Rescuers Search for 107 in China Landslide

BEIJING — Hope of finding survivors of a landslide that trapped at least 107 people was diminishing Tuesday as rescuers used heavy machinery including bulldozers to move debris in rain-hit southwestern China.

Villagers huddled in tents set up at the site as rescuers searched for their family members. The first body was pulled out late Tuesday, the official Xinhua News Agency said, only identifying it as that of a child.

There appeared to be little hope for survival, with no word on casualties or survivors by noon Tuesday, said Tian Maosheng, an official from Guizhou Communist Party Propaganda Department, who is helping with the rescue.

“The number 107 remains unchanged, and there is still no sign of life here,” he said.

State media reported that villagers had compiled a list of 62 people they believed were buried. Officials have not commented on the accuracy of the list.

Homes were buried when the landslide struck the village of Dazhai in Guizhou province on Monday afternoon after days of torrential rains. An official interviewed by state broadcaster CCTV said nearly half a hill had collapsed.

Makeshift tents were set up as first aid stations and soldiers carrying villagers waded through water and mud as they evacuated residents, CCTV showed. More than 1,000 villagers have been evacuated and around 500 more are waiting to be relocated, Xinhua cited a spokesman of the rescue headquarters as saying.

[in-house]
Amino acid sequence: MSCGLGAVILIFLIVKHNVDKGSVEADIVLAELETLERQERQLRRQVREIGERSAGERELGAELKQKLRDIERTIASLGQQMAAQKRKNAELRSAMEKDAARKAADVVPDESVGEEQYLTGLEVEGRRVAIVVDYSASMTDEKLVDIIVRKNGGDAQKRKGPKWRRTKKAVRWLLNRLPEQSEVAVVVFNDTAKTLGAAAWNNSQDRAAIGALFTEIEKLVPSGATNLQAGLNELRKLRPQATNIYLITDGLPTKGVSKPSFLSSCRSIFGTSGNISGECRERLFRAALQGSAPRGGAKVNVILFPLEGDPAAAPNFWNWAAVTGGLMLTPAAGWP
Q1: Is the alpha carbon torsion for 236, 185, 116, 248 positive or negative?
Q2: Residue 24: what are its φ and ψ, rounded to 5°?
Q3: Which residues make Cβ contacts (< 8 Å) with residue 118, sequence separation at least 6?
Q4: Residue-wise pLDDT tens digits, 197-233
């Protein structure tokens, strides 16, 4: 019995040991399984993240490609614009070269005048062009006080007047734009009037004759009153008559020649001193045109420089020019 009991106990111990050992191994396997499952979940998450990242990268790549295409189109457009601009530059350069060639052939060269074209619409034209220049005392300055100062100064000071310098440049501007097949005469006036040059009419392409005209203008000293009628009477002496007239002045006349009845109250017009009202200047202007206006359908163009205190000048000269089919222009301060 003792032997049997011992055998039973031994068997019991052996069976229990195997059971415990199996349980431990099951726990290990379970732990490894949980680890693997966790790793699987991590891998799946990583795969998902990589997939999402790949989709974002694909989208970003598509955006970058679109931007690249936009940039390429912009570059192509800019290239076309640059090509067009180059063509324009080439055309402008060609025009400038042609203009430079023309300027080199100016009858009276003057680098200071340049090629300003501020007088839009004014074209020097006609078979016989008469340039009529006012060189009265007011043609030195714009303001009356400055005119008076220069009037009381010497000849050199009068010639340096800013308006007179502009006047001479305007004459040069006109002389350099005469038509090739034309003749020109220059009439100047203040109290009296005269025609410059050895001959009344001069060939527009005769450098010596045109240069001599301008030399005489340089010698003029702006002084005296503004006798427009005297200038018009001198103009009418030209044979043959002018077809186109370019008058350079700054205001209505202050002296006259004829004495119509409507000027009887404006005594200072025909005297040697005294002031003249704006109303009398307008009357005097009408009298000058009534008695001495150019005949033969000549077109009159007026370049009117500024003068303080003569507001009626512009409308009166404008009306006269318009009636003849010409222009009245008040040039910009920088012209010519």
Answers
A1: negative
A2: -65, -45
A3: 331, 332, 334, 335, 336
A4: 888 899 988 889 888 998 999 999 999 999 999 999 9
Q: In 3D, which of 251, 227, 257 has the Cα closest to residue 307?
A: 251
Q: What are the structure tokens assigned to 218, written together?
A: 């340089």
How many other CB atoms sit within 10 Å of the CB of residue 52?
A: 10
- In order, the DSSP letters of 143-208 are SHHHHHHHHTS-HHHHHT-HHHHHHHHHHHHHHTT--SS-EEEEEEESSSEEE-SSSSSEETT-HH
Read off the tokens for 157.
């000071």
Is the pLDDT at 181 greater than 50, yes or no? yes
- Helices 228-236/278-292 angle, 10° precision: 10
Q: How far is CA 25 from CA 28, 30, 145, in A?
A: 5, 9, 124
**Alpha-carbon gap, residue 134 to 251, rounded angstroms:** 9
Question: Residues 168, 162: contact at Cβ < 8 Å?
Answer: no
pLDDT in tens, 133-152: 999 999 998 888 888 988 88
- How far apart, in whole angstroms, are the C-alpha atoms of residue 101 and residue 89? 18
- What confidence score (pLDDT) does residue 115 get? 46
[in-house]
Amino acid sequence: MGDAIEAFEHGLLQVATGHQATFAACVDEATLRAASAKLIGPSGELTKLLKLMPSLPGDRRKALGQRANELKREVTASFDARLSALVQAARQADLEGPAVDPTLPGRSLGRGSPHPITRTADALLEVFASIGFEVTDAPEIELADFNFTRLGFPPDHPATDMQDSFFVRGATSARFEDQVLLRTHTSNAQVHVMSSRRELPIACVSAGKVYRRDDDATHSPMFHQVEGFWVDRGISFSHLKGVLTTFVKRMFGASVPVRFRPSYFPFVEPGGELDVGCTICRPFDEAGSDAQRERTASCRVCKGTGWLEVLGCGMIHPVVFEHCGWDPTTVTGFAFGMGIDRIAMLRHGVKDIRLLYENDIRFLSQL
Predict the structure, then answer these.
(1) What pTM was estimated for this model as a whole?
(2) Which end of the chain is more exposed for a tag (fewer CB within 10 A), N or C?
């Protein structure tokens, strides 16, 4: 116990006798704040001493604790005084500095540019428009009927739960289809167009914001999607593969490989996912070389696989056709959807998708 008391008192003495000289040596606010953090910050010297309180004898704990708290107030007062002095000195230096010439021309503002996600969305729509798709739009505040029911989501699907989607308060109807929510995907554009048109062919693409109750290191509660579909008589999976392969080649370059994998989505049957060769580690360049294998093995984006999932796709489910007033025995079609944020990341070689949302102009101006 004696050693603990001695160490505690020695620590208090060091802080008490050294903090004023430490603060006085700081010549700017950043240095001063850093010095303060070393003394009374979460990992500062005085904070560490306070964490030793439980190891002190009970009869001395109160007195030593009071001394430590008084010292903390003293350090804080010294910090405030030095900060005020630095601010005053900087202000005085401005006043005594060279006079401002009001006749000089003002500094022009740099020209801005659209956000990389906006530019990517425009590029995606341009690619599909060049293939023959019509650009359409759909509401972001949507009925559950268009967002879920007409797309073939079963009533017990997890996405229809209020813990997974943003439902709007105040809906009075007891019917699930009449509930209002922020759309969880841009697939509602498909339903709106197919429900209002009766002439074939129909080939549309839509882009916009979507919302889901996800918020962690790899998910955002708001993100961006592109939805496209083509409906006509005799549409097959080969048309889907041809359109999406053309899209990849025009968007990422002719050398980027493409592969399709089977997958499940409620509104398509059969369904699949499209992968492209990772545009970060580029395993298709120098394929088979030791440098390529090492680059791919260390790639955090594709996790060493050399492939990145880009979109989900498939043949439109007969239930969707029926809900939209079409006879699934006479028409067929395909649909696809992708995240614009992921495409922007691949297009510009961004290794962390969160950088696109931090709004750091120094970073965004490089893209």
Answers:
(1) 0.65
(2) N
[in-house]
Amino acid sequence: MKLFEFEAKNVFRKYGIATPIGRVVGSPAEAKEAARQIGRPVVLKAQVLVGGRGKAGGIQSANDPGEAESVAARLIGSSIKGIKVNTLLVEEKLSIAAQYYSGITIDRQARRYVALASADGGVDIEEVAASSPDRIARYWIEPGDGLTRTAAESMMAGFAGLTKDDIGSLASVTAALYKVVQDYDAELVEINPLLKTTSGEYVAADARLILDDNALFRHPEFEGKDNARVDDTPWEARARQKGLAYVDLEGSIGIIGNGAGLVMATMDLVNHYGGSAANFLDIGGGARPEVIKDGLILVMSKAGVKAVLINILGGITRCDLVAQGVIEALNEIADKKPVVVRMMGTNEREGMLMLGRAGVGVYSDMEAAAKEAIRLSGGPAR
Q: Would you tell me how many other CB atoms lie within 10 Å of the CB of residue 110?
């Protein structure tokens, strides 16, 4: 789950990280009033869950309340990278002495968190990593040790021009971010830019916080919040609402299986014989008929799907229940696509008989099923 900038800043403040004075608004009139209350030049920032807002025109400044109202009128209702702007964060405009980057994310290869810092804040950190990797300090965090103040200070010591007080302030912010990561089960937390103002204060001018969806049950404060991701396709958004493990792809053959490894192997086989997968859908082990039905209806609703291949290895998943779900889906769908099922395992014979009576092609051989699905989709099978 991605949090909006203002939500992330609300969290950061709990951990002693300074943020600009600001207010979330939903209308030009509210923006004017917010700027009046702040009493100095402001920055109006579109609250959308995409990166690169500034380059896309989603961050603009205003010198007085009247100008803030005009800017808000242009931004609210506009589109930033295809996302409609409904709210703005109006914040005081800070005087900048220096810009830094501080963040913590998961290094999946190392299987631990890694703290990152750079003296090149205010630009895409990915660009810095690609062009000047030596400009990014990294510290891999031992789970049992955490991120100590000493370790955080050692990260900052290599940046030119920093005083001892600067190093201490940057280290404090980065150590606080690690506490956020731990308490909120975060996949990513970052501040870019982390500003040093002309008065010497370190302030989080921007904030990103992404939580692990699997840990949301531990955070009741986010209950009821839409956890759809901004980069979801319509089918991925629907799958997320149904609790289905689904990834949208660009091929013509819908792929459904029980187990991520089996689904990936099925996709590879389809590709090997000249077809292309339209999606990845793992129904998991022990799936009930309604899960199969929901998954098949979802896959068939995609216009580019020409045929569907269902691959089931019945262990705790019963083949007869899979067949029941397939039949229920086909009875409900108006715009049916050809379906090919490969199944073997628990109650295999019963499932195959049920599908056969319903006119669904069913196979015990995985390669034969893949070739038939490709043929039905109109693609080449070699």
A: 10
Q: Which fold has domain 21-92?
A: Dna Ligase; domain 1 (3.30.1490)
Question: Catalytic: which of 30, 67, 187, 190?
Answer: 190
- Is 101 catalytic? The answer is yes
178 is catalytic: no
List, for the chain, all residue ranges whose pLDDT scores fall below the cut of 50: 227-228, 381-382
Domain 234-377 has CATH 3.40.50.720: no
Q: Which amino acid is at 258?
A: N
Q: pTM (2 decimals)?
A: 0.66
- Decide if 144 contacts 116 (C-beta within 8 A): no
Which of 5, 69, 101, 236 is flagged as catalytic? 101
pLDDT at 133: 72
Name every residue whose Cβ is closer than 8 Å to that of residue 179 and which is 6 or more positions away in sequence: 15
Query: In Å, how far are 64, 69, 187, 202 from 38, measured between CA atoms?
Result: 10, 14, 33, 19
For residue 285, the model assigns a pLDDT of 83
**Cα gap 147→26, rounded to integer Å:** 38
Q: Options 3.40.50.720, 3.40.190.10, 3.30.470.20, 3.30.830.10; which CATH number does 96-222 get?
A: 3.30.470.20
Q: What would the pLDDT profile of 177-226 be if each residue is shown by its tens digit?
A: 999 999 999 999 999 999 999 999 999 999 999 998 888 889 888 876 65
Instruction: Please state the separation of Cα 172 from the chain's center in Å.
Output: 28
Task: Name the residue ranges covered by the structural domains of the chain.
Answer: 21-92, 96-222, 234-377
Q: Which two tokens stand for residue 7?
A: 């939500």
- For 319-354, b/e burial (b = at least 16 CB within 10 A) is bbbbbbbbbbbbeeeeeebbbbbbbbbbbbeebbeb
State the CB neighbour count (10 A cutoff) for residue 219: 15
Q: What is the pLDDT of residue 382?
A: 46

Light rain on Tuesday morning hindered rescue efforts, threatening to wash more mud down the slopes, but began to subside later in the day.

CCTV showed rescuers in orange overalls along a winding mountain road and later bent over a large mound of earth, tugging at large concrete slabs buried in it.

Large areas of southern China have been hit by flooding in the last two weeks, with at least 377 people killed and another 142 missing _ not including those from Monday’s landslide. More than 3 million people have fled their homes over the past two weeks, according to the Ministry of Civil Affairs.

On Sunday, floodwaters began receding in the hard-hit south and workers finished repairing a dike breach that forced the evacuation of 100,000 people.

The large landslide is about 120 miles (200 kilometers) southwest of Guiyang, the provincial capital.

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